Sore shoulder puts Wheeler behind schedule

Ace righty expects to be ready for season; Phils will be cautious

March 13th, 2022

CLEARWATER, Fla. -- wore a gray hoodie and sweatpants as he threw on a back field late Sunday morning at Carpenter Complex.

The 2021 National League Cy Young Award runner-up will be in a Phillies uniform on Monday, possibly throwing off a mound for the first time since last season. Wheeler is behind schedule after feeling some soreness in his right shoulder in December following a career-high and MLB-best 213 1/3 innings. But Wheeler said Sunday that he is “feeling good” and that he thinks he can pitch the first week of the season, although the Phillies are not expecting him on Opening Day.

“I haven’t thrown off the mound yet, but I can usually build up pretty quick," Wheeler said. "Throwing feels fine and my arm feels strong, so we’re moving in the right direction.

“I just got off to a slower start throwing-wise. Just a slower start really. Honestly, I threw and it was a little sore, so I shut it down. Started throwing again, and I’m just a little behind because of that. It’s nothing concerning. I knew we had time, so I wanted to play it safe and make sure I built up like I usually do, like I need to, and just be safe with it.”

Phillies manager Joe Girardi said the club always planned for Wheeler to take things slowly entering the offseason, following his jump from 71 innings in the pandemic-shortened 60-game season in 2020.

“It took a toll,” Wheeler said. “But I worked hard this offseason on the strength of my shoulder and my arm and everything, just to keep it strong going into this year and hopefully do the same thing.”

Wheeler said he took no diagnostic testing in the offseason.

Wheeler finished just 10 points behind Milwaukee’s Corbin Burnes for the Cy Young Award. It was the closest NL Cy Young vote since the ballot expanded from three pitchers to five in 2010.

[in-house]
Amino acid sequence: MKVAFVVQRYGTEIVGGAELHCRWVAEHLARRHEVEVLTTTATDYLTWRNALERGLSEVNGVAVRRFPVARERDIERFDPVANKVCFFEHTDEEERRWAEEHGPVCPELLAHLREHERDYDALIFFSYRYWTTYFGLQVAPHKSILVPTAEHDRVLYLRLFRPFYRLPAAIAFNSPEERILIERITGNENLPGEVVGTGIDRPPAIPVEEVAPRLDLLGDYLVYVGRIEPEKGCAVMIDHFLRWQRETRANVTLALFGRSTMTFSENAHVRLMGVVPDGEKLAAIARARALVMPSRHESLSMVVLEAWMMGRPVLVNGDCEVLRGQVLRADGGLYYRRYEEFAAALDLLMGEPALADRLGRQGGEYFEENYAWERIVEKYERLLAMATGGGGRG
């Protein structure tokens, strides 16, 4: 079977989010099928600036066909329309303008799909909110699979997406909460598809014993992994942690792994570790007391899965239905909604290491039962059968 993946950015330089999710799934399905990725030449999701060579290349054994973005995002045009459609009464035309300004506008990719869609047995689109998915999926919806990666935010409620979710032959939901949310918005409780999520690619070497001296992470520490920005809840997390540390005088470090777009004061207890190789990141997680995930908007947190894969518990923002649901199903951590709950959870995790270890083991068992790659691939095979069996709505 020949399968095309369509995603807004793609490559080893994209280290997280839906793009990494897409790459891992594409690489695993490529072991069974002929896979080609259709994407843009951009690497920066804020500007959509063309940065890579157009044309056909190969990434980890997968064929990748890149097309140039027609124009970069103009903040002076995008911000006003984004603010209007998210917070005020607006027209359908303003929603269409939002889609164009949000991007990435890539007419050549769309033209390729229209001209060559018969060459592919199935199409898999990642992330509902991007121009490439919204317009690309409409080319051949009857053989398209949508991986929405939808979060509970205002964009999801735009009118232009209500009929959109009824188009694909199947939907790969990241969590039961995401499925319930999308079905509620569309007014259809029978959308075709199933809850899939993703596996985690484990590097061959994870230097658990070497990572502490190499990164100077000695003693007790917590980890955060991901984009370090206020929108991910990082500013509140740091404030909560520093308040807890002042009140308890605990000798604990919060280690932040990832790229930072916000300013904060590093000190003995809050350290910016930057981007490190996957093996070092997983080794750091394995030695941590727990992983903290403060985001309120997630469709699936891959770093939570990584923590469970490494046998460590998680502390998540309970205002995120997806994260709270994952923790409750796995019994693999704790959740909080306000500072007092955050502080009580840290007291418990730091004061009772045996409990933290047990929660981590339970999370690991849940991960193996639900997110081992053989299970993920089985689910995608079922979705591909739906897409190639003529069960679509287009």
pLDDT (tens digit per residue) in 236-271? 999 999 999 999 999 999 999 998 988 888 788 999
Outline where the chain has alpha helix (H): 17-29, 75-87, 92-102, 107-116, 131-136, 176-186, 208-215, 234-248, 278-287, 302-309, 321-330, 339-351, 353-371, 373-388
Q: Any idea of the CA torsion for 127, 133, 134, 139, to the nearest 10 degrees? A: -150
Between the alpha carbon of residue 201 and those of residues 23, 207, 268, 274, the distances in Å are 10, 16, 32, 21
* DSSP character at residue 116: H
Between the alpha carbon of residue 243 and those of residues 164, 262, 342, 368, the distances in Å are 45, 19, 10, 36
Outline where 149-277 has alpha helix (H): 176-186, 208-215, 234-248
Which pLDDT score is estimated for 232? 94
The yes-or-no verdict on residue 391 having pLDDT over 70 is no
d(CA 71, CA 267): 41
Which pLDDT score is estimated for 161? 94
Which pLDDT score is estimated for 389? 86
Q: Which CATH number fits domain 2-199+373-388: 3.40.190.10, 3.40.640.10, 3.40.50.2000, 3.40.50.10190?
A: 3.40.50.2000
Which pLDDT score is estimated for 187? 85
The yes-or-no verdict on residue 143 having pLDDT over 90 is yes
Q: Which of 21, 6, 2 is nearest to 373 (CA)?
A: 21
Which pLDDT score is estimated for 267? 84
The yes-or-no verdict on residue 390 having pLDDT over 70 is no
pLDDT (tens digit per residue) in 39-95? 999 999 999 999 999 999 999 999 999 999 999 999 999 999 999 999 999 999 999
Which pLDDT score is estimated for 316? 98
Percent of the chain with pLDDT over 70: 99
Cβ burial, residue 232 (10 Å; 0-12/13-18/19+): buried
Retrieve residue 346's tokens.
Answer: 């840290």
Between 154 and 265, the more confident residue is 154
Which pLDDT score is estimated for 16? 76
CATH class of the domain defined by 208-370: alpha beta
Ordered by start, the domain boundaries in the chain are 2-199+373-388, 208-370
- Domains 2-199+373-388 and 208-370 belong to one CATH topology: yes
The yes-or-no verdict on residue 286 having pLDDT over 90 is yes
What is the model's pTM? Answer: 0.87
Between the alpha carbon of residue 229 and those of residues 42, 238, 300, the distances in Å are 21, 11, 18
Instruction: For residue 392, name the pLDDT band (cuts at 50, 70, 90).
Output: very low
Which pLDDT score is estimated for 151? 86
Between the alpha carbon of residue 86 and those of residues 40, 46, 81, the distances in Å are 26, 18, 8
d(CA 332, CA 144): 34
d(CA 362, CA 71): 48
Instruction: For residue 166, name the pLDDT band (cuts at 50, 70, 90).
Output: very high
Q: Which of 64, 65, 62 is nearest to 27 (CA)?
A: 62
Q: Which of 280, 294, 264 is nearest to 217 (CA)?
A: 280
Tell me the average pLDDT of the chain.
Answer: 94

In the end, a few more voters were impressed with Burnes’ Majors-leading 2.43 ERA, strikeout rate (35.6 percent), strikeout-to-walk ratio (6.88) and FIP (1.63). But Wheeler made a strong case. He went 14-10 with a 2.78 ERA in 32 starts. He led baseball in innings pitched, complete games (three), shutouts (two), batters faced (849) and Baseball Reference WAR (7.6). He led the NL in strikeouts (247) and finished second in Fangraphs WAR (7.3), FIP (2.59) and xERA (2.78).

Wheeler pitched 46 1/3 more innings than Burnes. Burnes, who averaged 5.96 innings per start, would have needed to make eight more starts just to match Wheeler’s workload.

“Pretty disappointed,” Wheeler said about the vote. “It’s kind of a letdown. You know, innings, I guess that was kind of my pathway to it. Innings don’t always matter but, yeah, I threw a lot of innings, good quality innings, I think that was the biggest thing, they were quality innings. Maybe we didn’t make it to the playoffs and people might look at that, but I went out there and threw a lot of innings every game, only a couple I didn’t, and that’s going to happen throughout the year. I’m not taking anything away from Corbin, but I threw another month than he did, and a lot can happen in a month.”

But if Wheeler gets back on the mound on Monday and makes his first turn through the rotation like he hopes, he hopes to throw another 200-plus innings this year.

“That’s the goal every year,” he said.